And, to top it off, researchers working on rare diseases have historically worked in isolation. The disorders are so rare, and research teams so small, that they aren’t often aware of what colleagues are working on beyond their own institutions.
It’s all of these reasons and more that Penn’s Perelman School of Medicine established the Orphan Disease Center (ODC) in 2011, the only one of its kind, to promote the development of therapies for a variety of rare diseases. With six years under its belt, the ODC has raised millions of dollars for rare disease research and made significant headway in connecting experts worldwide in rare disease fields.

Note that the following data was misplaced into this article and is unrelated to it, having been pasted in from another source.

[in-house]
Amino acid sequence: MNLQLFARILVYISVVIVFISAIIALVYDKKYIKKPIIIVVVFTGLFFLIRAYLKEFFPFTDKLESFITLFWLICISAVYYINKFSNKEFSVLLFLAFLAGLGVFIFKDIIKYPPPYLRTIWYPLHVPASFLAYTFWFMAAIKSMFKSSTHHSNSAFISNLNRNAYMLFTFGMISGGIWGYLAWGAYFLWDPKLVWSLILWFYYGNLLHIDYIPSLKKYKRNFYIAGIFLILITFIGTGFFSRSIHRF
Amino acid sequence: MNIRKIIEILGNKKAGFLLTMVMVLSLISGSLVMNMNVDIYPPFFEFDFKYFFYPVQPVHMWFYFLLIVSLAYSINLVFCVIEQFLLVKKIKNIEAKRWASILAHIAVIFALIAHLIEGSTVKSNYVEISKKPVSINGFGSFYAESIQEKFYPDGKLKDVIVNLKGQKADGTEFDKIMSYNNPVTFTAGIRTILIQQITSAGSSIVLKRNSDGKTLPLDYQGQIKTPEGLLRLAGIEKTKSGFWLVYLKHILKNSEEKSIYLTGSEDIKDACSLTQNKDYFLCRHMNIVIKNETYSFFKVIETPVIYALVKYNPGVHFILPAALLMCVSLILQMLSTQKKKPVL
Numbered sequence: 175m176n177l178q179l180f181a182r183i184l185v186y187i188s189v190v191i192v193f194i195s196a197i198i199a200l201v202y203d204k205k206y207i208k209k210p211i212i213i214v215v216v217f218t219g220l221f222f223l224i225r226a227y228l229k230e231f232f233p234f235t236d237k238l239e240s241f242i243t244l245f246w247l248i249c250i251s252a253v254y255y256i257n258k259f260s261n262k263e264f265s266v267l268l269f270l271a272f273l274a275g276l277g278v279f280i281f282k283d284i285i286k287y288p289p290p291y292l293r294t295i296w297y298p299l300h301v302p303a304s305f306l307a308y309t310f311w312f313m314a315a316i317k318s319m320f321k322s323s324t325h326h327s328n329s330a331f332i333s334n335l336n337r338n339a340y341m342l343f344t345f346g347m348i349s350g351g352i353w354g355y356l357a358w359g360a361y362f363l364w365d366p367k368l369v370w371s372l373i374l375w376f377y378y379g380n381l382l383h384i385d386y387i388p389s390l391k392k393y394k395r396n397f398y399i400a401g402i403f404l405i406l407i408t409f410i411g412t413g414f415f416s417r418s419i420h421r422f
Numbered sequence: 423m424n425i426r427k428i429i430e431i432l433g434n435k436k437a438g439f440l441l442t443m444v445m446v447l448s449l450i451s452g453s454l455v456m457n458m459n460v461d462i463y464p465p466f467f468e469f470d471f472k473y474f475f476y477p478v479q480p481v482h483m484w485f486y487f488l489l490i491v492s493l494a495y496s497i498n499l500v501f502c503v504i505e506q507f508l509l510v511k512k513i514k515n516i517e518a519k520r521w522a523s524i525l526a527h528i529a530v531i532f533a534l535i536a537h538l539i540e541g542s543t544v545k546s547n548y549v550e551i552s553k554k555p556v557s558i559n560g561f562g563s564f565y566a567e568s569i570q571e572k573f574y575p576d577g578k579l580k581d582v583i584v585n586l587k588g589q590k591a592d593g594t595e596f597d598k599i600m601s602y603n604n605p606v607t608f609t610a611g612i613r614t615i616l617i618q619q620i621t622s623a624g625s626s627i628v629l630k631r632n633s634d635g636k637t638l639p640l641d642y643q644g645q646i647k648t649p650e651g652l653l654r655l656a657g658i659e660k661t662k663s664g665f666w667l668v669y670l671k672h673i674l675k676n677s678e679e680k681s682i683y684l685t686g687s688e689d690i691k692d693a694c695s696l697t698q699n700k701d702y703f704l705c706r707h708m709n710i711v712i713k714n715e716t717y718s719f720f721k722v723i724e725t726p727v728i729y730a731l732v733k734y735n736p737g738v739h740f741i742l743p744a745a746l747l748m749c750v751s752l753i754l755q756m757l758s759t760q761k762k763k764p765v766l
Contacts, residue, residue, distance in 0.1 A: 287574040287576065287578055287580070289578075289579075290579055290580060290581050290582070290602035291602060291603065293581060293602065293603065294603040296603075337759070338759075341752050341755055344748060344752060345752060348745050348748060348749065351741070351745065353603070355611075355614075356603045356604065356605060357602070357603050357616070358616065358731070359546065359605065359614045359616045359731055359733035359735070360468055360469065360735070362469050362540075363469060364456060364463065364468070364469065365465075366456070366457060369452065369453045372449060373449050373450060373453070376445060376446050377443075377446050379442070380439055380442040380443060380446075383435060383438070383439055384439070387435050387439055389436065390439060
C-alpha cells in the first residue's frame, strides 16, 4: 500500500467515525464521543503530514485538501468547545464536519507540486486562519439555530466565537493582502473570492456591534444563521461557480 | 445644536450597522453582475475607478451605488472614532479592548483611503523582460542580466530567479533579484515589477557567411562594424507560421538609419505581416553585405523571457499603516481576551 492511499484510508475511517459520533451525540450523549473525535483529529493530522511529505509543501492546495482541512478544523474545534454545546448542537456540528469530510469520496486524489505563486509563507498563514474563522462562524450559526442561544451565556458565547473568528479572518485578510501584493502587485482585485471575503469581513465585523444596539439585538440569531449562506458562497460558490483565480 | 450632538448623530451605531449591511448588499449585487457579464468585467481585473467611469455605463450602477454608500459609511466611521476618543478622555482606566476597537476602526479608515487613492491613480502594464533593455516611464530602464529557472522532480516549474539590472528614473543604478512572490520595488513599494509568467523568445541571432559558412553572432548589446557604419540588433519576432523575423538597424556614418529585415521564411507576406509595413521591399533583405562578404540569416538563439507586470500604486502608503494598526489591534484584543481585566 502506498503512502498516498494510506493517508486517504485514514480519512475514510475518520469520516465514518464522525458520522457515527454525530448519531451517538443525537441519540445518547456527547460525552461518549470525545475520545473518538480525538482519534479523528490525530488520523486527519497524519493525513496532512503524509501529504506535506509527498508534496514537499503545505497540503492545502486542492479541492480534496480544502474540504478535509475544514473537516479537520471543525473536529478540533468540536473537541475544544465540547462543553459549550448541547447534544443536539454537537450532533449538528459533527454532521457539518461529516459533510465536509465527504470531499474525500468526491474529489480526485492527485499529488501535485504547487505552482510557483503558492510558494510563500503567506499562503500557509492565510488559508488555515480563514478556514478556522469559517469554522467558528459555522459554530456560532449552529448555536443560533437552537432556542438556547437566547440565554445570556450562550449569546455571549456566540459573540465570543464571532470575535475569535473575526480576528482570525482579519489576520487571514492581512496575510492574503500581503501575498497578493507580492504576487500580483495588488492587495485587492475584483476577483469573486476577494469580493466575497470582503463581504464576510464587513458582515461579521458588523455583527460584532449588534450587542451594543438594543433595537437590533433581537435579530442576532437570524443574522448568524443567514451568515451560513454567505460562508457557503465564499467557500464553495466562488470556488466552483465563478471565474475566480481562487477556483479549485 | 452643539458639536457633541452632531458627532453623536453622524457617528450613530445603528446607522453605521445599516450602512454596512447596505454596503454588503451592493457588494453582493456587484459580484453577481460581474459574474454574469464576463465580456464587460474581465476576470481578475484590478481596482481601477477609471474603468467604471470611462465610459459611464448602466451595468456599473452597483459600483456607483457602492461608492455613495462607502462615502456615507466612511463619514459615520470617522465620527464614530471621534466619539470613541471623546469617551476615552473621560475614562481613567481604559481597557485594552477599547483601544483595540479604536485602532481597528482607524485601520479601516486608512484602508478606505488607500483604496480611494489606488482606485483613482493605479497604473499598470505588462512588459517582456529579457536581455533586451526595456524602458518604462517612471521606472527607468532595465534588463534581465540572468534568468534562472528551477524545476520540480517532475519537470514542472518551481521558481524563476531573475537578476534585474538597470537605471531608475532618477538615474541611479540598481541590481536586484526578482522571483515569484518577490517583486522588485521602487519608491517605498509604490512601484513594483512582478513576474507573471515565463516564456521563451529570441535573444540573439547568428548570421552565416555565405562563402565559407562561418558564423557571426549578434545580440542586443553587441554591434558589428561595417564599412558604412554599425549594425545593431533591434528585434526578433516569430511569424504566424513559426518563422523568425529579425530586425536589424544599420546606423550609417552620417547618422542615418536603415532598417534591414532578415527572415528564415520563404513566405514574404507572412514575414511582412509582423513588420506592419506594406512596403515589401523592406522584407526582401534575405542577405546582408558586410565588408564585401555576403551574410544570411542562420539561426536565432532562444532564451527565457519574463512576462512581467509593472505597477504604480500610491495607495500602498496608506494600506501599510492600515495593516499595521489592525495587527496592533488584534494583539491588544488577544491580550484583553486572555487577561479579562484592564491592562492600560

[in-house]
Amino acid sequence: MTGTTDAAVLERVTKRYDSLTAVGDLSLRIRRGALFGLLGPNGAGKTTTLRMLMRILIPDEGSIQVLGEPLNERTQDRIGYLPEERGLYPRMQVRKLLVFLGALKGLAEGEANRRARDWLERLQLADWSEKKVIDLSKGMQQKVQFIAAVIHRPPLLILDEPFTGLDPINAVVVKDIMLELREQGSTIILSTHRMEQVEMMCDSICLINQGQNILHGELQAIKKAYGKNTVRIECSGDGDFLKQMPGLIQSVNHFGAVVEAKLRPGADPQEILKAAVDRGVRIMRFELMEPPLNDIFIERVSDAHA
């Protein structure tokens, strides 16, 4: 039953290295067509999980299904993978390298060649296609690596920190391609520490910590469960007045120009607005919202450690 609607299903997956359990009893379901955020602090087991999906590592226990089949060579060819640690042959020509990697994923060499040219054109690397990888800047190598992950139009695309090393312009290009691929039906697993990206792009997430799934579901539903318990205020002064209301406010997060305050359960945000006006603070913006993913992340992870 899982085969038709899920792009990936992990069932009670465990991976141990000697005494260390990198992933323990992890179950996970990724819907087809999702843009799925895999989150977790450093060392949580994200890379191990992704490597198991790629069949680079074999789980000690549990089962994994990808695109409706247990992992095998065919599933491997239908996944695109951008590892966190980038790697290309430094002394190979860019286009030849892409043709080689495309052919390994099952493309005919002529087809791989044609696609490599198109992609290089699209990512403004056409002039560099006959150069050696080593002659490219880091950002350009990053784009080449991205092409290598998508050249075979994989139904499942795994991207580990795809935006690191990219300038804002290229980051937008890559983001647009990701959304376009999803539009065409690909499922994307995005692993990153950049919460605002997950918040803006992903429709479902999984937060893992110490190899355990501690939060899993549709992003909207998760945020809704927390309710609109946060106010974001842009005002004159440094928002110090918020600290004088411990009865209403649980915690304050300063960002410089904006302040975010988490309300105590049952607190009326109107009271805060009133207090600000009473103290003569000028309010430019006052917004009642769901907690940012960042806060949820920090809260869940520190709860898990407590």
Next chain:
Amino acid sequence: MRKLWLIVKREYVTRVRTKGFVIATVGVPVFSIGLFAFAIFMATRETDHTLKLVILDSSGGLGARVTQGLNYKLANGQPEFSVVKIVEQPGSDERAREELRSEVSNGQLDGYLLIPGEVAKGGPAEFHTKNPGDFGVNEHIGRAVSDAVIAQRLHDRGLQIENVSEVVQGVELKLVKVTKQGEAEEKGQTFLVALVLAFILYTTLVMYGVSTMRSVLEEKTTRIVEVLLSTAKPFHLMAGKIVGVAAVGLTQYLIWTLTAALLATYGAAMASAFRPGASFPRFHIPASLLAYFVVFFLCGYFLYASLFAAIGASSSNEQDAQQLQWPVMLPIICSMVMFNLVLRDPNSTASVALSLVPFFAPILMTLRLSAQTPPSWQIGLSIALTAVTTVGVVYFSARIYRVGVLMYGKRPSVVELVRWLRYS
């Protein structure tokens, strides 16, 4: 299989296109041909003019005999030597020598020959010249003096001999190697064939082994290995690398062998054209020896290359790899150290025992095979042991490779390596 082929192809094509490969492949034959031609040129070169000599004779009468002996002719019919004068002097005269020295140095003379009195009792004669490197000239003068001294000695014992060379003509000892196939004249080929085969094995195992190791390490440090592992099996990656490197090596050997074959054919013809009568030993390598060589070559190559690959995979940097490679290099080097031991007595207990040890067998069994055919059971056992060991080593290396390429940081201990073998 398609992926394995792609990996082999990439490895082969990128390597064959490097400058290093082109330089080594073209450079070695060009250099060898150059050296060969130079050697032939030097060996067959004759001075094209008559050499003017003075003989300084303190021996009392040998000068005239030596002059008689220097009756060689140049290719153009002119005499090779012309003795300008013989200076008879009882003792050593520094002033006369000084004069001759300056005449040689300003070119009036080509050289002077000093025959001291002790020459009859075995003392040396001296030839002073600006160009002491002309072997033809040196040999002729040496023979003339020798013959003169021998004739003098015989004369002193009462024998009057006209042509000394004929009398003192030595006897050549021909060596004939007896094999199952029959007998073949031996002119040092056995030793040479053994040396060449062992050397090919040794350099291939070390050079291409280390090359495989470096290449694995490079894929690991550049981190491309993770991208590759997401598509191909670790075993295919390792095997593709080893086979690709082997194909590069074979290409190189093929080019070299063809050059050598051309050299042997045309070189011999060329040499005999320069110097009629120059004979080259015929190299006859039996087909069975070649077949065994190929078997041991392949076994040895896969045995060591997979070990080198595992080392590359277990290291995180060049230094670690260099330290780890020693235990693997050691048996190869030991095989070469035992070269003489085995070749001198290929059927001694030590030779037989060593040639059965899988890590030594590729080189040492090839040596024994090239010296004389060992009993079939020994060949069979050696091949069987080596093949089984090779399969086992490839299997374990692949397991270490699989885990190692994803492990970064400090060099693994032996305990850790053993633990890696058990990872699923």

‘A center without walls’
The ODC was founded with a $10 million gift from philanthropist and Wharton graduate George Weiss, who had a young family member who was diagnosed with a rare disease. From its inception, Weiss had a unique model in mind for the ODC.
“Our mandate from George was to be outstanding in all aspects of our basic, translational, and clinical research,” says James Wilson, the ODC’s director and a professor of medicine. “To accomplish this for a rare disease, we have to reach outside the walls of Penn to assemble a critical mass of scientists, physicians, and patients. We view ourselves as outwardly facing—a center without walls.”
Monique Molloy, the ODC’s executive director, says 80 percent of the funding the ODC raises goes outside of Penn, and its partner the Children’s Hospital of Philadelphia, “and we’re proud of that.
“Not a lot of places can say that,” she adds. “We’re just looking to fund the best science. It’s a big part of who we are.”